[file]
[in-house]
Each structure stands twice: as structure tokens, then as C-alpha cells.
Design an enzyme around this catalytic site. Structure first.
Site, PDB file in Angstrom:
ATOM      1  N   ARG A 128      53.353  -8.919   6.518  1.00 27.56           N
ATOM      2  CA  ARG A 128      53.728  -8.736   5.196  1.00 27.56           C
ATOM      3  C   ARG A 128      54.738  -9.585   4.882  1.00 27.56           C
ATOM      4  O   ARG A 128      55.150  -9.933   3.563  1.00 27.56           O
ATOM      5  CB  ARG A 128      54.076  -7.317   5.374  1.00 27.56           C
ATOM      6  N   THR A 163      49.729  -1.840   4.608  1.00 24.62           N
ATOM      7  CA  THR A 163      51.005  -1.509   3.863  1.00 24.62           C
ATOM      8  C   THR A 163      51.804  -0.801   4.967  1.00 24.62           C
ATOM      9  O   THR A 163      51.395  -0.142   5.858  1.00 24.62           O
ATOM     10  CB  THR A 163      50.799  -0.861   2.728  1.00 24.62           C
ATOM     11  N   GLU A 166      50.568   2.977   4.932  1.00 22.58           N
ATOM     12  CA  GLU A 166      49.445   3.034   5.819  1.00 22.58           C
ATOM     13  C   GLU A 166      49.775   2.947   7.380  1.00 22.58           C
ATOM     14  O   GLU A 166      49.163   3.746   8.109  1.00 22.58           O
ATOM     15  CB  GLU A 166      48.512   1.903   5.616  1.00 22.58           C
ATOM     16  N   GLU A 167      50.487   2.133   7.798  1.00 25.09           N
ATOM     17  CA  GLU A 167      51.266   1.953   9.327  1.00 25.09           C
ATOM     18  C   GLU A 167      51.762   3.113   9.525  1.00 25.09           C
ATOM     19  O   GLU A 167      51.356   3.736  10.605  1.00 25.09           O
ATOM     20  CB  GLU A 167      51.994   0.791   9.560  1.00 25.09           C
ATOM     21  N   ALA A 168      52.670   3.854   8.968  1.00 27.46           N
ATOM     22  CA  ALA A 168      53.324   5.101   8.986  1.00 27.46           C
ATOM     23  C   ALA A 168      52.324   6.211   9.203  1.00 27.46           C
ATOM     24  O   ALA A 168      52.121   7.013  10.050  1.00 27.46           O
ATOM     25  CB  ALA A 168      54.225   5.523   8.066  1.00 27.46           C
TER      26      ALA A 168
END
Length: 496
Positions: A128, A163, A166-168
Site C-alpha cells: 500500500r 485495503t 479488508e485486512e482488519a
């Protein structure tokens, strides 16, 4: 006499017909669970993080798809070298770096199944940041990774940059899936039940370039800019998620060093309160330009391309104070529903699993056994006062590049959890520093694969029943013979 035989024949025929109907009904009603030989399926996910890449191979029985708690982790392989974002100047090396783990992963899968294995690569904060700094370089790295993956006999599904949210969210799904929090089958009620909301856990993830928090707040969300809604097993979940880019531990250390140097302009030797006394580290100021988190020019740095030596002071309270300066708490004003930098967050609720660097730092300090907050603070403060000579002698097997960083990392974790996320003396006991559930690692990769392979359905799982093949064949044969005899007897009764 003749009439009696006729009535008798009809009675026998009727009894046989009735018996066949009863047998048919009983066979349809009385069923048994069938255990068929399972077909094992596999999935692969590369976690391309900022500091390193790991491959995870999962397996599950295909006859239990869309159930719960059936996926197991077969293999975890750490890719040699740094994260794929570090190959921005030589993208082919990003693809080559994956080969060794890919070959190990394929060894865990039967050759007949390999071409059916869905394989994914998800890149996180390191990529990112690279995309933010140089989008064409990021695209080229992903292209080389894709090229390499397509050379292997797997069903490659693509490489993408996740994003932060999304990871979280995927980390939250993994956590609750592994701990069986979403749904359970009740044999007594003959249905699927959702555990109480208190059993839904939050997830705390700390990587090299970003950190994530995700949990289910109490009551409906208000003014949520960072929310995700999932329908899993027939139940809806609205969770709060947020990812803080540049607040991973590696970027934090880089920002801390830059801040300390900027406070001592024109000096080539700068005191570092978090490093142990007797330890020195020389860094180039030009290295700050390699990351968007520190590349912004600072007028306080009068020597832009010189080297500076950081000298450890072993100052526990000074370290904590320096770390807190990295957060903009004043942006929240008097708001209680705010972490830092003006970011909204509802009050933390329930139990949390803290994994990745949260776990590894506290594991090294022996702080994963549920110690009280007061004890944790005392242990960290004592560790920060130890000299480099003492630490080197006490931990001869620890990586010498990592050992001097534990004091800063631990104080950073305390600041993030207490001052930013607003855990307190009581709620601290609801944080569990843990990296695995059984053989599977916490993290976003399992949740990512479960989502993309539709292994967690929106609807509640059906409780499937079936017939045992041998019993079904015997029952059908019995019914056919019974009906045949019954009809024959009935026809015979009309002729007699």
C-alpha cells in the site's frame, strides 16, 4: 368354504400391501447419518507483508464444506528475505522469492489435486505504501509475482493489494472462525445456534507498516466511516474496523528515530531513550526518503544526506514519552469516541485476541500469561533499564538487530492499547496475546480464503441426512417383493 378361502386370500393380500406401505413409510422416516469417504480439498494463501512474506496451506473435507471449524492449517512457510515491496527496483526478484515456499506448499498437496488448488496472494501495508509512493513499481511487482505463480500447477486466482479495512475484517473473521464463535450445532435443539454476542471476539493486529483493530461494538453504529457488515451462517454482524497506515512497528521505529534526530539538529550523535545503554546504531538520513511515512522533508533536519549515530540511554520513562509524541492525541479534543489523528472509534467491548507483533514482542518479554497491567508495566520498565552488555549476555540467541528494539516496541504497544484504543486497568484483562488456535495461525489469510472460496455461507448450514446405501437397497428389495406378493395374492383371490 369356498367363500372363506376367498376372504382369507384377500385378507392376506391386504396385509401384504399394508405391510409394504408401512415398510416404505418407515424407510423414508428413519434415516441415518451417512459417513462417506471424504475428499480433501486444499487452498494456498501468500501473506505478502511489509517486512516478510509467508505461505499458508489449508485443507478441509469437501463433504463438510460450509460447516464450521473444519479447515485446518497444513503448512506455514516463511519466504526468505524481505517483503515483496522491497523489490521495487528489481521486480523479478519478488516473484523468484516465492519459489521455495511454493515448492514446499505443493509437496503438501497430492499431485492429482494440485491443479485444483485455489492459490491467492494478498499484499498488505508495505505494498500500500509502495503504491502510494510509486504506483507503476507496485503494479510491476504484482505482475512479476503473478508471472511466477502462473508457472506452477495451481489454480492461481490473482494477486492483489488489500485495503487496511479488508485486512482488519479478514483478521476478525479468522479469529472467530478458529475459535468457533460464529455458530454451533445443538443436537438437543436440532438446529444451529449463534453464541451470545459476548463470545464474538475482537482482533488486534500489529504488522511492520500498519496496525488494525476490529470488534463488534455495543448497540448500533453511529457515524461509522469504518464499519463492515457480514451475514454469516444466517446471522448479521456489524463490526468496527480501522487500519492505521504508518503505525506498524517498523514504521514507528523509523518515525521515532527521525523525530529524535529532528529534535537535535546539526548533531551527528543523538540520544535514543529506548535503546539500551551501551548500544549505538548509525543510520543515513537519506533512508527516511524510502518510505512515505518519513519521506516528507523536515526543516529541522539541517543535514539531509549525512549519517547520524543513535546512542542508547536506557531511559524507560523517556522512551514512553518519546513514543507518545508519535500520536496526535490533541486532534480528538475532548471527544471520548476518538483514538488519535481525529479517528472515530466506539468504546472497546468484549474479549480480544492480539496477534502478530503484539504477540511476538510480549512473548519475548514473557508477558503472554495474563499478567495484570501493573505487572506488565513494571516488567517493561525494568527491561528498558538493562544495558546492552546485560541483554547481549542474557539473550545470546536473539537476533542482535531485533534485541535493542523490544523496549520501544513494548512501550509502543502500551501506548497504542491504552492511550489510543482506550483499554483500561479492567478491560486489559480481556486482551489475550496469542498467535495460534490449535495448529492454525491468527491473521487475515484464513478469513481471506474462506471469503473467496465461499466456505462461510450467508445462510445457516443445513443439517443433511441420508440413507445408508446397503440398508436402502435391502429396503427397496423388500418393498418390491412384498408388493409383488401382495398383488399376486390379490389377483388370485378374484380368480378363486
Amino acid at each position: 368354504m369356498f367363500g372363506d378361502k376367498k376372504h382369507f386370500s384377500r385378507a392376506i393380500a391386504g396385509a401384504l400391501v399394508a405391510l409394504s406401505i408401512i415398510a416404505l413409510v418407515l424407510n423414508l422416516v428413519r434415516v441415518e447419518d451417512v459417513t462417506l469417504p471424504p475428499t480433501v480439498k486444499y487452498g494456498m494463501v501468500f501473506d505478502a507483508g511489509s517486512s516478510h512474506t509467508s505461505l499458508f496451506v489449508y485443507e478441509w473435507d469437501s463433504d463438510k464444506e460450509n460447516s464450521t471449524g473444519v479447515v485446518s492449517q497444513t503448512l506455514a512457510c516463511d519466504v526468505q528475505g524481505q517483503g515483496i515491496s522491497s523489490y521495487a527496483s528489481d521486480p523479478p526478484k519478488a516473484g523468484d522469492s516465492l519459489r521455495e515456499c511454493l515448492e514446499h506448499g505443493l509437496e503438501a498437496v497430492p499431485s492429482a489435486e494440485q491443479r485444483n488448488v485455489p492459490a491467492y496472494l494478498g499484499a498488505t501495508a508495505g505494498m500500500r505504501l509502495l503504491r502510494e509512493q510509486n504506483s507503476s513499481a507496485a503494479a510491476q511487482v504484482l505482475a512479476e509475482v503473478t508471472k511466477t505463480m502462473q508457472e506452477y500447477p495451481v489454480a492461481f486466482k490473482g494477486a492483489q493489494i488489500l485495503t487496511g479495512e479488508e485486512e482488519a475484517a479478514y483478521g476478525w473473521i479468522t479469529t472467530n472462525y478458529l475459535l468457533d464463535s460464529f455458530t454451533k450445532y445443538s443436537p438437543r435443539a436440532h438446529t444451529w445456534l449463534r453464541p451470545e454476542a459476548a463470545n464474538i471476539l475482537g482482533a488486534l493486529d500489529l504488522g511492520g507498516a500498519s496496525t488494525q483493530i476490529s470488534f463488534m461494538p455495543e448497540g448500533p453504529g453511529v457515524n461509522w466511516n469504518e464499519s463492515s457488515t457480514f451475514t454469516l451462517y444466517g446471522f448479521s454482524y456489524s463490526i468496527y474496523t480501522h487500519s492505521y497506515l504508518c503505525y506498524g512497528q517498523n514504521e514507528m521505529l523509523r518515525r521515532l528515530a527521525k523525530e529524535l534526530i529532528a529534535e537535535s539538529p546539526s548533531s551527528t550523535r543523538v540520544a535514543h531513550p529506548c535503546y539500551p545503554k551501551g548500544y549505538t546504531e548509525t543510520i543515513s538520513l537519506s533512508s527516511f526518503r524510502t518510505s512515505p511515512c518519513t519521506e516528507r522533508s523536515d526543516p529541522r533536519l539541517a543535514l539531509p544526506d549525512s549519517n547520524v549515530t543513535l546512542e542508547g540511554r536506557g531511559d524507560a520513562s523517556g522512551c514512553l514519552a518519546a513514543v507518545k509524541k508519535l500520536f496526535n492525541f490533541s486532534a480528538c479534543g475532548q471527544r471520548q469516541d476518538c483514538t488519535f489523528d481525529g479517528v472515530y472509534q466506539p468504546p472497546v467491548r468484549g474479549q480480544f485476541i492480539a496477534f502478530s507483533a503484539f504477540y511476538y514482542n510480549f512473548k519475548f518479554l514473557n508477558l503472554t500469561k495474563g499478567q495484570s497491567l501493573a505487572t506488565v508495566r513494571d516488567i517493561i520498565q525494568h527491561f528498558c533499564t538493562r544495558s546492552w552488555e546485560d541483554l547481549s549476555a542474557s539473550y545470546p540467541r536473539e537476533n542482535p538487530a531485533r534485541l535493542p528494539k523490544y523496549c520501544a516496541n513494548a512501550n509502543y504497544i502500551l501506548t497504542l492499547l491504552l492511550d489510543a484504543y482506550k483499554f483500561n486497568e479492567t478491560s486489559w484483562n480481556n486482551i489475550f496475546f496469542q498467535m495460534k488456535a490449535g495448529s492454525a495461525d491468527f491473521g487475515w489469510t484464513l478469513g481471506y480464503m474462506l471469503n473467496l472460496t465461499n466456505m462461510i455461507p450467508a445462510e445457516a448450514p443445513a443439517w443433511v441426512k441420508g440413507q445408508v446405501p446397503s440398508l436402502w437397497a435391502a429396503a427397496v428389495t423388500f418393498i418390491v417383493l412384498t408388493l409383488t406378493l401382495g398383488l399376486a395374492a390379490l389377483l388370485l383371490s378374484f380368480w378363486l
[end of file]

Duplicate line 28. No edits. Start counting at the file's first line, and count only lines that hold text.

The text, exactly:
ATOM     24  O   ALA A 168      52.121   7.013  10.050  1.00 27.46           O